Ashley Madison threatens to sue CasualX over copyright

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Cheating app Ashley Madison found popularity in fuelling infidelity and allowing people to cheat on their partners discretely. 

Now it is threatening a rival app called ‘CasualX’ with legal action for stealing its slogan. 

CasualX, which promotes itself as ‘the Tinder for one night stands’, has come under fire for similarities in its marketing slogans and imagery.

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This image is the one believed to have been copied by CasualX. The 'shush' gesture as well as the characteristics of the photo are protected thanks to trademark, according to Ashley Madison

This image is the one believed to have been copied by CasualX. The ‘shush’ gesture as well as the characteristics of the photo are protected thanks to trademark, according to Ashley Madison

2015 DATA LEAK 

In 2015, hackers outed millions of cheating spouses using the Ashley Madison infidelity website by publishing all their personal details and sexual fantasies online. 

At the time Ashley Madison had 37 million members around the world including 1.2 million Brits. 

A 9.7 gigabyte data file of their details was posted to dark web. 

Contained private data including name, address, phone number and credit card.

Data dump also has their sexual fantasies, ideal partner and profile photo.

Owners described the hack as an ‘act of criminality’ and have called in the FBI.

Ashley Madison’s Canadian parent company, Ruby Life, has called on Hong Kong firm CasualX to stop using a picture of a masked woman pressing a finger to her lips, which is allegedly similar to one used in adverts for the cheating site.

It has also taken issue with the app’s ‘Life is boring. Desire a fling?’ advertising strapline, which Ruby Life feels is too similar to the phrasing of Ashley Madison’s ‘Life is short. Have an affair’ 

MailOnline has obtained a copy of the communication between the two companies.

In it, a lawyer for the infidelity said: ‘The main/memorable elements that will be remembered by any consumer would be flowing hair, a finger raised to the lips and the mask.’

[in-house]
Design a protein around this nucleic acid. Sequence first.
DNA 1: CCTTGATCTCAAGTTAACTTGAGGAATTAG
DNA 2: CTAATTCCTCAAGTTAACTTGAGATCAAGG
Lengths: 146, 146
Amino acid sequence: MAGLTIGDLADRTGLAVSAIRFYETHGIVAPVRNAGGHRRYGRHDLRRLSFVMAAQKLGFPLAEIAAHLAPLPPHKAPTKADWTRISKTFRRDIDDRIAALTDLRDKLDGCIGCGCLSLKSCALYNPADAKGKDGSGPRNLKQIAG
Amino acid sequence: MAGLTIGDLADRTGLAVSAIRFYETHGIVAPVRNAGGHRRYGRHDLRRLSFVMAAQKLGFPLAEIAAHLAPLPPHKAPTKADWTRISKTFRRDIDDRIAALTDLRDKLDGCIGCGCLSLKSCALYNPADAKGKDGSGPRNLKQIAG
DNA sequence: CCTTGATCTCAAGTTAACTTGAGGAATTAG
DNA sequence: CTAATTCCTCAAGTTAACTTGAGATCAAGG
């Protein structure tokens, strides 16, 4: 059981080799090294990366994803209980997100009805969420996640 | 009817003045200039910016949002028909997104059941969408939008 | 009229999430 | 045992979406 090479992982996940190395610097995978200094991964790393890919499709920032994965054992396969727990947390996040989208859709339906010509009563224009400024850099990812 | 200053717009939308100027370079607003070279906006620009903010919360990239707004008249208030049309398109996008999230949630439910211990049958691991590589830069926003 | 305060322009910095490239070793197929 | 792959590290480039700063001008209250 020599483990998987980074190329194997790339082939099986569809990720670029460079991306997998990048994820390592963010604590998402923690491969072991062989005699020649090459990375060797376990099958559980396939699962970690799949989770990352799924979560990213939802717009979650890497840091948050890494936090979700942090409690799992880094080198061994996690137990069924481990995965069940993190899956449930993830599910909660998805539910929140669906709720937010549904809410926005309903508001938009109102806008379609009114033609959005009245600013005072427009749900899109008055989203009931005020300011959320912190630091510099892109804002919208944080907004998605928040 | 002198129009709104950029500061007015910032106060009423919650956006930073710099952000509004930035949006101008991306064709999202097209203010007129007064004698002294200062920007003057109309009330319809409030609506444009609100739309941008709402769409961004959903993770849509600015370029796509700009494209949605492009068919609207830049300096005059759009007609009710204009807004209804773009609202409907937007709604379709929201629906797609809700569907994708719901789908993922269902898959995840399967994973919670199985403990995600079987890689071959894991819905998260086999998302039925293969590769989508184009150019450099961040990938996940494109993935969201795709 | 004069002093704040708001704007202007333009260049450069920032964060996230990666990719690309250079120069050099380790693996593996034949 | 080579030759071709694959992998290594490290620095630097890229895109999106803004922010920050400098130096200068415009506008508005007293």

Discussing the slogans used by both firms, they added: ‘The only two differences in the slogans are the presence of the words “boring” versus “short” and “desire” versus “have”. 

‘In fact, even I, being a trademark lawyer, made a mistake of replacing “fling” with “affair”.’ 

Ruby Life owns Cougarlife, which ‘helps vibrant, mature women connect with younger, interested men’.

It also operates Established Gentlemen, an app that ‘connects ambitious and attractive young women with successful, generous men.’

Ashley Madison, which has roughly 40 million monthly users, is the most popular of its portfolio of apps and sites.

Ruby Life says that ‘the distinctive elements of our design mark include a female face, an index finger pressed to the lips and the flowing hair’ and lawyers believe that a court would rule in favour of them. 

The images used by the rival sex apps both contain ‘a female face, an index finger pressed to the lips and the flowing hair.’ CasualX has nearly 4 million users compared to Ashley Madison’s 40 million 

CasualX argue that their image is ‘unique’ and ‘the woman in the [Ashley Madison] image wears a wedding ring which indicates that their service is for married people. 

‘Our image doesn’t have a wedding ring.’

Ruby Life, previously Avid Life Media, originally demanded the removal of the slogan and image in question by the tenth of December, but this has now been extended.

Jeffery Zhang, co-founder of CasualX told the MailOnline: ‘CasualX was once featured in Apple trending apps list and on many media sites. 

‘The branding image has been seen by many people. 

‘If we have to change it, we have to spend a lot of time and money to reshape our branding.’

Ashley Madison told the Metro: ‘As the premier married dating site, AshleyMadison.com is known around the world, with trade and copy marks holding significant value. 

‘The company you mention is using our trademarks and we have kindly asked that they refrain from doing so.’  

Ashley Madison was at the middle of a media storm in 2015 when private information, including credit card numbers, was leaked.

The information included intimate data from nearly 40 million people.

CasualX has 3.7million monthly users and Mr Zhang says: ‘It seems that we have to change our image since we are afraid that we don’t have enough resources to defeat them. 

‘They have a lot of money and resources to deal with any legal issue.’





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